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Do You Need a Character Reference? (plus a sample + tips!)

  • Publish Date: Posted almost 5 years ago
  • Author: Taylor Varco

Imagine you’re a hiring manager. You’ve been interviewing countless candidates for an important role, and it’s now down to two highly qualified people. Both did well in their interview, check all the boxes right for necessary skills—both are extremely comparable on paper. Then you receive a character reference for one of the candidates that goes something like this... 

To Whom it May Concern, 

I have known Jeff for over seven years now. He and I met while volunteering as mentors for the local chapter of the Boys and Girls Club and he also offered his consulting services to my small business, helping me improve my sales operations. 

Jeff is one of the most dedicated, hardworking, and innovative people I’ve had the pleasure of working with in any capacity. He is also compassionate, kind and never misses the opportunity to help others. Once, while volunteering together, our events coordinator became very sick. Jeff stepped in to finalize plans and ensure the children’s holiday party wasn’t canceled — even working late into the evening and sacrificing an entire weekend. 

Jeff is the type of person you can count on to keep a cool head in a stressful situation, and his positive attitude is contagious. For these reasons, I recommend Jeff for the Manager position and believe he would be a valuable asset to any organization fortunate enough to have him on their team. 

If you have any questions, please feel free to contact me.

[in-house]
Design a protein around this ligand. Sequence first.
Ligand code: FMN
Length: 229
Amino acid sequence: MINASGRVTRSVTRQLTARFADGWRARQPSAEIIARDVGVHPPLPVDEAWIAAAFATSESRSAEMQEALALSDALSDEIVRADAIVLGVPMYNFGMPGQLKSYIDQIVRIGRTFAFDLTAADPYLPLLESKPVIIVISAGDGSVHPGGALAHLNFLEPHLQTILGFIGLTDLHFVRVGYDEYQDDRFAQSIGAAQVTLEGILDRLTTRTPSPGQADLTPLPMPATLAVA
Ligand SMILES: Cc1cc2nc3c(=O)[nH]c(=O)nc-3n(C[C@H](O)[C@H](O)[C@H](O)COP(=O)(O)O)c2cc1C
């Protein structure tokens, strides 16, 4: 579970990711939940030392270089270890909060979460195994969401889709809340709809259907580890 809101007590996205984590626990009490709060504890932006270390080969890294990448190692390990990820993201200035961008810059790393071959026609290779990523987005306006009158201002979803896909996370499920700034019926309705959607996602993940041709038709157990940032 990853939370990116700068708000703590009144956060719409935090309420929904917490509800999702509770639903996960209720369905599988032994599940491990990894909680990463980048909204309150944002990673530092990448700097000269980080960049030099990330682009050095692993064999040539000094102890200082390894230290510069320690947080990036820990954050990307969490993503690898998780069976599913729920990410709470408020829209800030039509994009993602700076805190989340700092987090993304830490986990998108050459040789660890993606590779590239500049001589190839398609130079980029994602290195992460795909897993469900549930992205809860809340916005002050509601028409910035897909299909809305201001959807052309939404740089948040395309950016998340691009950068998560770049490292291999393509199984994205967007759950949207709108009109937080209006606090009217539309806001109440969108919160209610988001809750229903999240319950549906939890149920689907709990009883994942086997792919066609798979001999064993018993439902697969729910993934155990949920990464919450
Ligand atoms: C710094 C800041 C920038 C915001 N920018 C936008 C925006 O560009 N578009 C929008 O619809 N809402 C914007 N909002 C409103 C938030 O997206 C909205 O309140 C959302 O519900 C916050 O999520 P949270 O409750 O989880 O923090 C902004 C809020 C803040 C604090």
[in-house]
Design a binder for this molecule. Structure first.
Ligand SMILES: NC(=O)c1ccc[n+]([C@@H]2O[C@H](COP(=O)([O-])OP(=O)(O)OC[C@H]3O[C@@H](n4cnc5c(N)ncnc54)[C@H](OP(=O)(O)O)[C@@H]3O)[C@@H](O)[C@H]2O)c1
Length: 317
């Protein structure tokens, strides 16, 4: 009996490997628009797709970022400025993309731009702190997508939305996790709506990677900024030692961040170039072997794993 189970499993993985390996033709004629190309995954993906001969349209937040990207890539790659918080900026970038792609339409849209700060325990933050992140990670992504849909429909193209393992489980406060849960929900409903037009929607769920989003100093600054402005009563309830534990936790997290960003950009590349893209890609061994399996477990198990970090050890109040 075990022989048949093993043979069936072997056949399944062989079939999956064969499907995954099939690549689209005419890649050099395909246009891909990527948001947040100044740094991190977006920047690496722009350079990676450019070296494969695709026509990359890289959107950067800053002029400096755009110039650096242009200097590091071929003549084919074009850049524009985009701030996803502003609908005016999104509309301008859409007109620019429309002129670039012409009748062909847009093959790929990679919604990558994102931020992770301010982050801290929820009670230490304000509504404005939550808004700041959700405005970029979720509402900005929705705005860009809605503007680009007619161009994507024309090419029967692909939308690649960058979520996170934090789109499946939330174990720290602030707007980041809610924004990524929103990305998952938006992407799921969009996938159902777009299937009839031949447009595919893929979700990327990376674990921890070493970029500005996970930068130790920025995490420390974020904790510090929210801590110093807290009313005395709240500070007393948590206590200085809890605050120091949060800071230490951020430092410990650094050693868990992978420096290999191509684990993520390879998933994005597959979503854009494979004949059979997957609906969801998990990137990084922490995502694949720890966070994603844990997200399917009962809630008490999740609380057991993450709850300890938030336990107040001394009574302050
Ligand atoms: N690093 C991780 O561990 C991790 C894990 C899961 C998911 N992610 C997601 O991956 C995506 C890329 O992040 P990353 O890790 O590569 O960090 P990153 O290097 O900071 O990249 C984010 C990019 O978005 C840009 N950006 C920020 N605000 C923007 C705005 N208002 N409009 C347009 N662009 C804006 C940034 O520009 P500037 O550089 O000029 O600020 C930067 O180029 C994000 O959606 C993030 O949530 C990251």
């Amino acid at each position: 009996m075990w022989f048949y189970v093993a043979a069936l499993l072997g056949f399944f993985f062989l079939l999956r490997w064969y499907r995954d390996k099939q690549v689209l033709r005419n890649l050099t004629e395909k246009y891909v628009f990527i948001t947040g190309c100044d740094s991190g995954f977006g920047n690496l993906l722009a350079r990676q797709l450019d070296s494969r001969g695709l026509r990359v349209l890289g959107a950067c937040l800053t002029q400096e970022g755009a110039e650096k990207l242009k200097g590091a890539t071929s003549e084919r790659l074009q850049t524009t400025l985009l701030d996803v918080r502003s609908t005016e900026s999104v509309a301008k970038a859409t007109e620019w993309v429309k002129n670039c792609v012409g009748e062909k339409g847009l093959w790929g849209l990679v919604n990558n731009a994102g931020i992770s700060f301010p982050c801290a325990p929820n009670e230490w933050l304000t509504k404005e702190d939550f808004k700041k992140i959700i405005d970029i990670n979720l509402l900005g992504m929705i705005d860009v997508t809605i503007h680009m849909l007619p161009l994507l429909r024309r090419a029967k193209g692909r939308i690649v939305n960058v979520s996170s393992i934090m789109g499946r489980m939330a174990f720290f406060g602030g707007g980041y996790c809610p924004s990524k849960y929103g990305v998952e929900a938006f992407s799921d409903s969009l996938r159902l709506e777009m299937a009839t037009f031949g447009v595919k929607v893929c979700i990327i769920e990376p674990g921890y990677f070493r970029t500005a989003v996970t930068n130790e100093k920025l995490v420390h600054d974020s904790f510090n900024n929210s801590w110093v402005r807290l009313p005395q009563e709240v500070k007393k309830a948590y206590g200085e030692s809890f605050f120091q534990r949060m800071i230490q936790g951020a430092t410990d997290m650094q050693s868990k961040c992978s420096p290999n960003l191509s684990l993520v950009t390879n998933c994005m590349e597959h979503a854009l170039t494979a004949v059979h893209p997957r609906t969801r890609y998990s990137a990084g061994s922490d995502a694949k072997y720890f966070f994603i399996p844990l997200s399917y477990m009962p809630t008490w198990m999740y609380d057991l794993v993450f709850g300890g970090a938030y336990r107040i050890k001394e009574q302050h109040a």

Which candidate would you choose? 

Character references can be extremely powerful tools in the interview process (when used correctly). A character reference, sometimes known as a personal reference, is a recommendation provided by someone who knows you outside of the work environment. Rather than speaking to your work experience or hard skills, they attest to your character and abilities. This type of recommendation typically will showcase your personality and people skills.  

When to Use a Character Reference? 

They aren’t necessary for all positions, although including a proper one will never hurt. Typically, character references are most helpful for positions that require working in a team environment, or where a high level of trustworthiness and ethics are required. 

Who to Ask for a Character Reference? 

While it’s different than a professional reference, you still want to maintain a level of professionalism with who the reference is coming from. In most cases, you should avoid asking someone from your immediate family. Some acceptable examples of who you can ask are: 

-Business acquaintances
-Family friends

The most important thing is that you choose someone who is up to date with you and thinks very positively of your character. 

Tips for a Powerful Character Reference 

  1. References should be positive. Select a person you’re confident can speak well of you.
  2. Specific examples are key. Listing positive qualities is great, but detailed examples that support them help employers visualize how you will perform in real-life scenarios. 
  3. Keep the letter concise. Your reference should not exceed one page. Keep them descriptive, but brief. 
  4. Avoid private details. While the letter should go into your personality traits, it should not shed light on any personal struggles or other intimate matters you wouldn’t want shared with an employer. 

Follow-up with Your Reference 

Writing a reference letter takes time, consideration, and thought on the part of the person giving your reference. Regardless on if you end up landing the job or not, be sure to follow up with a thank you note to show your gratitude for the nice gesture.